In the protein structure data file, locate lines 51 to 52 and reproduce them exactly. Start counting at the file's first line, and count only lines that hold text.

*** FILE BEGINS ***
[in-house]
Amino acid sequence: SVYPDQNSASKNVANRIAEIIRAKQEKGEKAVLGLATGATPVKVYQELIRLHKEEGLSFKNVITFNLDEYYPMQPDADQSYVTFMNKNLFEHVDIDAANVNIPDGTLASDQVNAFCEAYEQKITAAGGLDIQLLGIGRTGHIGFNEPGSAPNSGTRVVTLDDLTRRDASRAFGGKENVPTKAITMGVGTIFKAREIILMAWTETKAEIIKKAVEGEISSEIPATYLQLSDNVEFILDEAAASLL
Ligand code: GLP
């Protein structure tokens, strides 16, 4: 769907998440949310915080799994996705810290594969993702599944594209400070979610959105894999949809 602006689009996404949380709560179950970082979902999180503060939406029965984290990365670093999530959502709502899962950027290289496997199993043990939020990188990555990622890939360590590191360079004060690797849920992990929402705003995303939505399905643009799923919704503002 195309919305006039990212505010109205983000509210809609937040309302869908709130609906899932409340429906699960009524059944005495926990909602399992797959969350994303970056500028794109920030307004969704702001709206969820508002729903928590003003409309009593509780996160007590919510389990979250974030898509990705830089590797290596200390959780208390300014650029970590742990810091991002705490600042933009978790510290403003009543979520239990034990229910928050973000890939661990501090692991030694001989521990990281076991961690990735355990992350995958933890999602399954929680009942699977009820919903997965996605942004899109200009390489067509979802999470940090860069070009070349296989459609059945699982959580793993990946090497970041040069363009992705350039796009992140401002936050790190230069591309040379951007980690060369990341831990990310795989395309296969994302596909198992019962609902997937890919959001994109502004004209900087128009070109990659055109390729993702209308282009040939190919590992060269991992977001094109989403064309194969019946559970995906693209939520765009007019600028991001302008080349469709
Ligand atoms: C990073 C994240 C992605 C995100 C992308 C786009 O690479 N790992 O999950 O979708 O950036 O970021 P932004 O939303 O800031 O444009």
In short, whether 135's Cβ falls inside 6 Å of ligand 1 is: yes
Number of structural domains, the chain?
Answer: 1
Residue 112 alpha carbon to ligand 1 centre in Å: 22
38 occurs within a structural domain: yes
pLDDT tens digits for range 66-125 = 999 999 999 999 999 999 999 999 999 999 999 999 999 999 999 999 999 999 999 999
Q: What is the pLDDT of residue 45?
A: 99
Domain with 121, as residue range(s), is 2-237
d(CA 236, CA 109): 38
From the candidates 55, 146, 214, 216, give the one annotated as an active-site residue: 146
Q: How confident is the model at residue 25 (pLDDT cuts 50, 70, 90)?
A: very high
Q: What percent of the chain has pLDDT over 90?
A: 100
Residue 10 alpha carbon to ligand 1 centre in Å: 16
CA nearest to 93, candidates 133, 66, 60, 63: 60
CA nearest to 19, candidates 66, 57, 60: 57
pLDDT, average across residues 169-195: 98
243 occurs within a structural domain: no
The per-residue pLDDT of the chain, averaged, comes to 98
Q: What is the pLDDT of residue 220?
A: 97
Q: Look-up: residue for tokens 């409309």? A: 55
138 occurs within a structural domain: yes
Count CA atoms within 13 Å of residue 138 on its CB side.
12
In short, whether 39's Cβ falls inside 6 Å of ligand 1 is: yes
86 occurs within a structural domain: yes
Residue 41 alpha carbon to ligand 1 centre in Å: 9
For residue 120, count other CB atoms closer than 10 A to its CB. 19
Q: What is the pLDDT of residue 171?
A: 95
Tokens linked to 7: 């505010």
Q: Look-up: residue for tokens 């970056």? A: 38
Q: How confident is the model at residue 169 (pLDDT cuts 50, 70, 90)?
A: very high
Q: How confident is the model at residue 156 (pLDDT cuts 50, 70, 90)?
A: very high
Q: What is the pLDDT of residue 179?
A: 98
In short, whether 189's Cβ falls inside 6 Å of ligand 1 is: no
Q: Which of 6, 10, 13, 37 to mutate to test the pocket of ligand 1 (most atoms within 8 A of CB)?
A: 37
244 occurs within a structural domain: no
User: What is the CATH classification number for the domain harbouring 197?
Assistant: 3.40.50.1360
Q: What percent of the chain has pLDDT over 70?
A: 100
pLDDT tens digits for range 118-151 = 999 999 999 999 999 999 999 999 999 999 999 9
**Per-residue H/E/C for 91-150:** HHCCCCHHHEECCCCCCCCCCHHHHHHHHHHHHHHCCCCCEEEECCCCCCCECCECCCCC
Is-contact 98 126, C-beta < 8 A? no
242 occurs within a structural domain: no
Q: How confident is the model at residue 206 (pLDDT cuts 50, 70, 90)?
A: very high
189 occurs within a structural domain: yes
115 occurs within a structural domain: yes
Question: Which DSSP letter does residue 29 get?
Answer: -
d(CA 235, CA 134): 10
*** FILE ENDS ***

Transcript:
User: What is the CATH classification number for the domain harbouring 197?
Assistant: 3.40.50.1360